Home > education, ICT, teaching and learning > PowerPoint is dead: long live Prezi!

PowerPoint is dead: long live Prezi!

I disagree.  There seems to be a pervasive snobbery about the use of PowerPoint and, indeed, Microsoft could do more to ‘freshen’ it up: add a few more modern design templates and features, but it is not dead – YET.  When used effectively, it can be an excellent support to a well delivered presentation.  Emphasis, however, is on the qualifying When. 

In my view, it is not the tool which is the problem; it is the user!

The problem is that just about anyone can use PowerPoint.  How many of us has seen it used effectively, however?  I know I can probably count on just about one hand the number of good presentations I’ve seen over the years.  The answer is not to ‘kill it off’ and replace it entirely with applications like Prezi.  I enjoy watching a Prezi presentation, but if I’m honest, I can’t quite get my head around putting one together – my brain simply doesn’t work that way and I don’t think I’m the only one.  Prezi is great, but it is not for everyone.

No, in my view, as educators, what we need to do includes:

  • teaching PowerPoint properly – not teaching the skills in isolation from the idea of audience, purpose and delivery.  Lesson objectives should place equal weight on each of these.  What is the point of being able to embed a video, if the presenter stands in front of the screen and at no point engages with the audience or its needs?
  • spelling out to our students that it is the presentation that is important, not the application itself – the skills we teach using PowerPoint need to be transferable and this is where an introduction to something like Prezi at the same time can help;
  • finding out what students already know and ensuring we are moving their knowledge and understanding forwards, not sideways, or even worse, backwards. A brief conversation with a feeder school colleague, this morning, allowed us to compare notes in this respect.  It doesn’t take long to get a sense of what they have already been taught and to discuss progression!
  • As staff, weaning ourselves off using it for non-presentation purposes!  It sends out the wrong message.  Yes, it can be really handy for structuring lesson material and I’ve got to say, I’m reluctant to give that aspect of it up, but let’s look at alternatives.  (Ideas welcome!) Just because it is easy doesn’t mean it’s right – which returns us to my main criticism of PowerPoint! (User, rather than tool, error.)
  • Discourage staff  from allowing their students to submit work which should be on Word, or a similar application, via PowerPoint.  Why are they doing this?  Surely, this is the equivalent of trying to open a bottle with a knife, instead of a bottle-opener!  It makes no sense.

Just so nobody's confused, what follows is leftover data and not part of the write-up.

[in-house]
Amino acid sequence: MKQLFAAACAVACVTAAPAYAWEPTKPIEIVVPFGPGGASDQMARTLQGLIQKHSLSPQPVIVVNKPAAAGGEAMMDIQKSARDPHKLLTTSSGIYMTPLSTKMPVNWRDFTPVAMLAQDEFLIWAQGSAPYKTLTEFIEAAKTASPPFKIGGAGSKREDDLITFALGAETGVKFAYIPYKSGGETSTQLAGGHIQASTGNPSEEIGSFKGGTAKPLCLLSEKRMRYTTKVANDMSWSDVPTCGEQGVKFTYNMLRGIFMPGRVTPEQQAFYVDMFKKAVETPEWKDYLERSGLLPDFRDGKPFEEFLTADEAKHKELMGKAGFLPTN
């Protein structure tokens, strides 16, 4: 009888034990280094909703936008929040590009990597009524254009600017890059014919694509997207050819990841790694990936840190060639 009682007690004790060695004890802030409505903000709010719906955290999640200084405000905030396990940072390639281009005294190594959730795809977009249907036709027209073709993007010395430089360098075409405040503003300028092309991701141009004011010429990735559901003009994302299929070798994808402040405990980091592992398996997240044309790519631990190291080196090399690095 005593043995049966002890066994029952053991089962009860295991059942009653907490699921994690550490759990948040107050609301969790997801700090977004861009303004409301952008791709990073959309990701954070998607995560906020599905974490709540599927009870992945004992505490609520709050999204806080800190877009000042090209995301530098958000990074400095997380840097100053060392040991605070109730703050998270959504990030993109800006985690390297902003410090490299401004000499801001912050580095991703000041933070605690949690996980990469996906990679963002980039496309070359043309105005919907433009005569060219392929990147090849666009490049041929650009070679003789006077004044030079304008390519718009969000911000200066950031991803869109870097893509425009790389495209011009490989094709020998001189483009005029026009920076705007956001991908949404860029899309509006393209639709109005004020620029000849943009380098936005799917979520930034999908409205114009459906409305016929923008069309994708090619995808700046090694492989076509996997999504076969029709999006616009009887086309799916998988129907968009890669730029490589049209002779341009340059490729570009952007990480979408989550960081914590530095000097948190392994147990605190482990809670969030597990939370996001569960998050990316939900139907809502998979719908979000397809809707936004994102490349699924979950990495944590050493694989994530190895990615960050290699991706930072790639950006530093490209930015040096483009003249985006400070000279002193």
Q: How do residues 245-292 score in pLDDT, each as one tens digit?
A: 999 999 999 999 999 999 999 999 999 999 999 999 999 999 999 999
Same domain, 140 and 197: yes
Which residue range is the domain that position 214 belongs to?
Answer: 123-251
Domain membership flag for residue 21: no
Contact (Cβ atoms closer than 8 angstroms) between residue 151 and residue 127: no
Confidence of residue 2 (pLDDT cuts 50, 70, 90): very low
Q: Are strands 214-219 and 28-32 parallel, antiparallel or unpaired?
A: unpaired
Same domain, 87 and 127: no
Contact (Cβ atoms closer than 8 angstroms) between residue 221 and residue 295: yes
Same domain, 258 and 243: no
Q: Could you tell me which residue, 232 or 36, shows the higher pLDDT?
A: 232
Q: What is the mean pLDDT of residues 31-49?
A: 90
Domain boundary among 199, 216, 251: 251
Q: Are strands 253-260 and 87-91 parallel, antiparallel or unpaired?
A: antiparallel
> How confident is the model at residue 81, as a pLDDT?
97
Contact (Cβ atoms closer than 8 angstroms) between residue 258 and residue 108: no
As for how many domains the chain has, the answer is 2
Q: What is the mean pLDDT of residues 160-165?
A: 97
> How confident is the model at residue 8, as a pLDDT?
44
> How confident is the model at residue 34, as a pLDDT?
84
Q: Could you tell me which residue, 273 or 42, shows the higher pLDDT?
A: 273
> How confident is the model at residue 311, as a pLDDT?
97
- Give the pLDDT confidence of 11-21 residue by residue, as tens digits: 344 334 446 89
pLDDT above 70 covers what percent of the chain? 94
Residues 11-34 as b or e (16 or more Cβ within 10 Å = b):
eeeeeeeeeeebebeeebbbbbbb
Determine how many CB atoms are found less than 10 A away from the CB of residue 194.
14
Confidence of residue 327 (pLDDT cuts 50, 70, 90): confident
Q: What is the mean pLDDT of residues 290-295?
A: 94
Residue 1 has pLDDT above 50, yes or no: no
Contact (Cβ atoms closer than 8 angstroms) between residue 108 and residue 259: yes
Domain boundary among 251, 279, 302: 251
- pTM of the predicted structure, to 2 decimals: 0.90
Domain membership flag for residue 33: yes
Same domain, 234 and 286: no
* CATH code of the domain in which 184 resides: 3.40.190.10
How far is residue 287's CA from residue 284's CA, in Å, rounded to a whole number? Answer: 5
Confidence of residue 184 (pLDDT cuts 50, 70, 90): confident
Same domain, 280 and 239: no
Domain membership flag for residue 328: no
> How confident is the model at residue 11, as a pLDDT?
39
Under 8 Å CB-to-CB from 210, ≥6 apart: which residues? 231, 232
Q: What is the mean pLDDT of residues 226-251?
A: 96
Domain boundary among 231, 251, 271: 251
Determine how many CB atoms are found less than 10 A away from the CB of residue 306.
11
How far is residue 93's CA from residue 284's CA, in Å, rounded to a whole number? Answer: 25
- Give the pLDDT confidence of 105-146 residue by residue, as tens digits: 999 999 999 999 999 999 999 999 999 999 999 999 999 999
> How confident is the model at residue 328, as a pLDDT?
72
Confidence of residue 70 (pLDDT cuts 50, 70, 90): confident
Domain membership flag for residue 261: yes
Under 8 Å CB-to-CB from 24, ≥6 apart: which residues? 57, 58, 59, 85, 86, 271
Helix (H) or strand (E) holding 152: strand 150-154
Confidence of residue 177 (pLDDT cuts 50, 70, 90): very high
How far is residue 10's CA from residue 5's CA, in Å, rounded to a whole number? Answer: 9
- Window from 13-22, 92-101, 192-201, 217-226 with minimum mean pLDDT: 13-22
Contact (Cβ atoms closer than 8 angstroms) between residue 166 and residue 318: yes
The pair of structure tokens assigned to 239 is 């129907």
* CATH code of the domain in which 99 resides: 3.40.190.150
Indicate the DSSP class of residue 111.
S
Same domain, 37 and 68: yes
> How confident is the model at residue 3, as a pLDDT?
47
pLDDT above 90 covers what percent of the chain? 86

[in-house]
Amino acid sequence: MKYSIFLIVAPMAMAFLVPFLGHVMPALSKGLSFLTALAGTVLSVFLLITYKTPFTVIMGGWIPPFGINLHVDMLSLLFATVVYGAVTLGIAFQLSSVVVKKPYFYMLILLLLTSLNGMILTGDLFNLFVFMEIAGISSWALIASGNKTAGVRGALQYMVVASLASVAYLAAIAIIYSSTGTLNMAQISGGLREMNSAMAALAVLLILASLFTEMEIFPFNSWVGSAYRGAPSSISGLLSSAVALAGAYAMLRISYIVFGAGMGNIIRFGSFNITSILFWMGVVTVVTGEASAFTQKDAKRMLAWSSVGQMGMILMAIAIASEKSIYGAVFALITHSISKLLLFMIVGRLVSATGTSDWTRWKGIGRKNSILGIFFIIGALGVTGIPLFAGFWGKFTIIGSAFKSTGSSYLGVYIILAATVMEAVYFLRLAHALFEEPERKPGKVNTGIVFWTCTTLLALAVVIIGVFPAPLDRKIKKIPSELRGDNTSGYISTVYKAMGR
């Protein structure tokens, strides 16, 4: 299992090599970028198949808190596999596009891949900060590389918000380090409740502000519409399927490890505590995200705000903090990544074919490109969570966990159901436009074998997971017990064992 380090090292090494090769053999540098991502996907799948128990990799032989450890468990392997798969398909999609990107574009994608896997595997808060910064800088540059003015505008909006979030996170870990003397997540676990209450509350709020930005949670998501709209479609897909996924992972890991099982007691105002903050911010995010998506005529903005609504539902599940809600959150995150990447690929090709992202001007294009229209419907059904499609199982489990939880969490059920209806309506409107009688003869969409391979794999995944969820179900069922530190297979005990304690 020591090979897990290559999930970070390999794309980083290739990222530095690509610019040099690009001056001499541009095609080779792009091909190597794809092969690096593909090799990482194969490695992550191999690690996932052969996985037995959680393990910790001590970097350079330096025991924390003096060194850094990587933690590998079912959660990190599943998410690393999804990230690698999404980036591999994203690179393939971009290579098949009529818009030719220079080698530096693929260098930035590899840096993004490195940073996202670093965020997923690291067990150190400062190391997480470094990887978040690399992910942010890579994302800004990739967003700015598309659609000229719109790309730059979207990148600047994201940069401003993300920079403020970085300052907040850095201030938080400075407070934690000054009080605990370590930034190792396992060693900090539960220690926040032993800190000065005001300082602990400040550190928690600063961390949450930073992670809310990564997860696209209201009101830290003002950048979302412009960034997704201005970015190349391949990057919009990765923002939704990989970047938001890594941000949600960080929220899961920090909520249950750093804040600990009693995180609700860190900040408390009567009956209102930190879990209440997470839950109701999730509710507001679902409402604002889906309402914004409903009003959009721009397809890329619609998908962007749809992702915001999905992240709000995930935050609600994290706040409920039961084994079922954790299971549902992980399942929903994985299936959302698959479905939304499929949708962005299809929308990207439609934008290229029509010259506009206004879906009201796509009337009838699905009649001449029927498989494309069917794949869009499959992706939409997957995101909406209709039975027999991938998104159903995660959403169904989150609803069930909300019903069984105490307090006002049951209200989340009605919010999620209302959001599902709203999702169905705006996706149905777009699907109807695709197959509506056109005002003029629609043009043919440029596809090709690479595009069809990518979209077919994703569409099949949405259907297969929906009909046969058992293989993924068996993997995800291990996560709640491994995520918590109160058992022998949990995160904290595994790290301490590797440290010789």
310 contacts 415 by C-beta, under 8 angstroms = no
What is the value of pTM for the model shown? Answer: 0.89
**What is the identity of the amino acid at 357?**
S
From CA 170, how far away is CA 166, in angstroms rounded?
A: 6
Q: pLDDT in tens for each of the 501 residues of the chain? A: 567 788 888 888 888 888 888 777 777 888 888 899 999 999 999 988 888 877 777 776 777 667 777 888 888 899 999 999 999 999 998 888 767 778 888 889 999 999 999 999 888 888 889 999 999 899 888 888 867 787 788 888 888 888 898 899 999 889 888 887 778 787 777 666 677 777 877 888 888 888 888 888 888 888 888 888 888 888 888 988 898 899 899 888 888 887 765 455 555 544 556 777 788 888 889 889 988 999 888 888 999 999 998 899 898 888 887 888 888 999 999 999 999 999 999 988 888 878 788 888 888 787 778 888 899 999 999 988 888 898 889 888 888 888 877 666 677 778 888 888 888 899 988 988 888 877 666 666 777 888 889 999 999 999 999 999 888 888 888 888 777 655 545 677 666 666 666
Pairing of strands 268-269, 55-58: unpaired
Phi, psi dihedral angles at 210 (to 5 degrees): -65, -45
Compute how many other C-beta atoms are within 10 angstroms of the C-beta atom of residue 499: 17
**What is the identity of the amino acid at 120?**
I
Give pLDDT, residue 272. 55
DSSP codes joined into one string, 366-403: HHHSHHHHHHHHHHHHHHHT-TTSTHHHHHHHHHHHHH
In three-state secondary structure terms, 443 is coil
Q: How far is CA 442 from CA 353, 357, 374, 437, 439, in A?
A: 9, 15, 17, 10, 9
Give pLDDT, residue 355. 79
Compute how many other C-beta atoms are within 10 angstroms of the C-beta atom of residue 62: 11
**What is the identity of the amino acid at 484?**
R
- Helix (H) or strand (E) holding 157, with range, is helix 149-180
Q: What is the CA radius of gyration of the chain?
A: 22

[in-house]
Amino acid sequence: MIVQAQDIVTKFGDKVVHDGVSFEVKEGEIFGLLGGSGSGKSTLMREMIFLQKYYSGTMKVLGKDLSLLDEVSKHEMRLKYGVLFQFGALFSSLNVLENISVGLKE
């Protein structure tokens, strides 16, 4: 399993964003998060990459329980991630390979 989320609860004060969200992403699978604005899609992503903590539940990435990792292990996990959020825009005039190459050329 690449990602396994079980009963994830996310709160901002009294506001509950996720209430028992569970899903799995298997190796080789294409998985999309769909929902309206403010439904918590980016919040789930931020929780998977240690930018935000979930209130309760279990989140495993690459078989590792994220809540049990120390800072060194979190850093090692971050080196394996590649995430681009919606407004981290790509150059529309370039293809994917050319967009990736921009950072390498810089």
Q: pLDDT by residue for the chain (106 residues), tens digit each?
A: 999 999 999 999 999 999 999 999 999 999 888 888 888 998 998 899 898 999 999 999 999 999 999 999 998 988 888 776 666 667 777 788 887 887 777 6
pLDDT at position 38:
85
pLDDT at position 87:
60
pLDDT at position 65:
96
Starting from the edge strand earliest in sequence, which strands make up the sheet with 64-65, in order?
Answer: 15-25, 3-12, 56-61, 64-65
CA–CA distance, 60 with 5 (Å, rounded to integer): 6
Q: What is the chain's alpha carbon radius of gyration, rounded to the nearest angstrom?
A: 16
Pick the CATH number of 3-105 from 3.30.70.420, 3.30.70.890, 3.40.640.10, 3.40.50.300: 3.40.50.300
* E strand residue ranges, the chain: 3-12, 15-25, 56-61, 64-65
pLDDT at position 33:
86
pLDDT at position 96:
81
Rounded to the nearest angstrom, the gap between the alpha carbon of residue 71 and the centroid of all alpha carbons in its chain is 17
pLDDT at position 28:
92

• Too much of anything is boring and does not engage.  Avoiding the overuse of PowerPoint is another area we must aim to address.
  • Being more critical of students when they present using PowerPoint in forums such as assemblies. Just because they have spent a lot of time on it doesn’t mean it’s good and they shouldn’t be led to believe it is: these students have to go into the real world to pitch and sell – they need to be told it how it is!
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  1. October 10, 2011 at 22:23

    I totally agree. Having sat through multiple ‘Death by Powerpoint’ sessions, it has nothing to do with the technology involved and everything to do with the implementation, but what tends to get the blame? The technology!

    I recently attended a website seminar and the entire thing was delivered via Powerpoint, with the ‘presenter’ simply reading the bullet points straight from the slide. What did we learn? I could have saved myself the petrol money, that’s what I learnt.

    The difficulty comes with so many ‘ICT Focussed’ activities relying on the use of technology such as Powerpoint to tick a box, as opposed to really getting to grips with the use of it, and these trends change over time – there WAS a time when having your content ‘fly in’ was acceptable, but it’s become so incredibly passe that maybe it should only be taught to serve as a warning!

    I once sat through a presentation (assisting, not as a recipient) where a multinational electronics company presented its quarterly results to investors. Content rose from the ground, dropped from the air and slides dissolved to nothing. Sniggers were barely stifled in the auditorium.

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